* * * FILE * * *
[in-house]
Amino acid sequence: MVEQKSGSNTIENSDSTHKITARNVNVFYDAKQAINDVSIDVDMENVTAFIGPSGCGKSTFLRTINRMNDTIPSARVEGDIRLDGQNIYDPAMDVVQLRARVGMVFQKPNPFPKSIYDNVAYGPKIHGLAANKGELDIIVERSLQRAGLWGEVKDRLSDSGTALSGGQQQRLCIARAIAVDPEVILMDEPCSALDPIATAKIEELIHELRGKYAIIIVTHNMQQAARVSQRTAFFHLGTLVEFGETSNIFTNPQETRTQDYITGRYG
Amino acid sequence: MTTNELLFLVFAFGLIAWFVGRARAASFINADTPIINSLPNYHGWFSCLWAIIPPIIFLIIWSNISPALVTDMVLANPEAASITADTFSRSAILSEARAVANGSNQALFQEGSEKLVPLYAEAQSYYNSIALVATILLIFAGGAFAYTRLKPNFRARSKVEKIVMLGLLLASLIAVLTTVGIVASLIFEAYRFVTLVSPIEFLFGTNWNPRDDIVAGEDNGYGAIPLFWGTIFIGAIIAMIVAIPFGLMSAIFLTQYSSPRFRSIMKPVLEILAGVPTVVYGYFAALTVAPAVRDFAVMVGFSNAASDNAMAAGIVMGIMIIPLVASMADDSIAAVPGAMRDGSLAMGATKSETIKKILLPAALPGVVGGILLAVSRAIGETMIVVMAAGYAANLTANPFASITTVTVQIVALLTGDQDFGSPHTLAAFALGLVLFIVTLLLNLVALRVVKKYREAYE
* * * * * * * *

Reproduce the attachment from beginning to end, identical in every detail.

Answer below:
[in-house]
Amino acid sequence: MVEQKSGSNTIENSDSTHKITARNVNVFYDAKQAINDVSIDVDMENVTAFIGPSGCGKSTFLRTINRMNDTIPSARVEGDIRLDGQNIYDPAMDVVQLRARVGMVFQKPNPFPKSIYDNVAYGPKIHGLAANKGELDIIVERSLQRAGLWGEVKDRLSDSGTALSGGQQQRLCIARAIAVDPEVILMDEPCSALDPIATAKIEELIHELRGKYAIIIVTHNMQQAARVSQRTAFFHLGTLVEFGETSNIFTNPQETRTQDYITGRYG
Amino acid sequence: MTTNELLFLVFAFGLIAWFVGRARAASFINADTPIINSLPNYHGWFSCLWAIIPPIIFLIIWSNISPALVTDMVLANPEAASITADTFSRSAILSEARAVANGSNQALFQEGSEKLVPLYAEAQSYYNSIALVATILLIFAGGAFAYTRLKPNFRARSKVEKIVMLGLLLASLIAVLTTVGIVASLIFEAYRFVTLVSPIEFLFGTNWNPRDDIVAGEDNGYGAIPLFWGTIFIGAIIAMIVAIPFGLMSAIFLTQYSSPRFRSIMKPVLEILAGVPTVVYGYFAALTVAPAVRDFAVMVGFSNAASDNAMAAGIVMGIMIIPLVASMADDSIAAVPGAMRDGSLAMGATKSETIKKILLPAALPGVVGGILLAVSRAIGETMIVVMAAGYAANLTANPFASITTVTVQIVALLTGDQDFGSPHTLAAFALGLVLFIVTLLLNLVALRVVKKYREAYE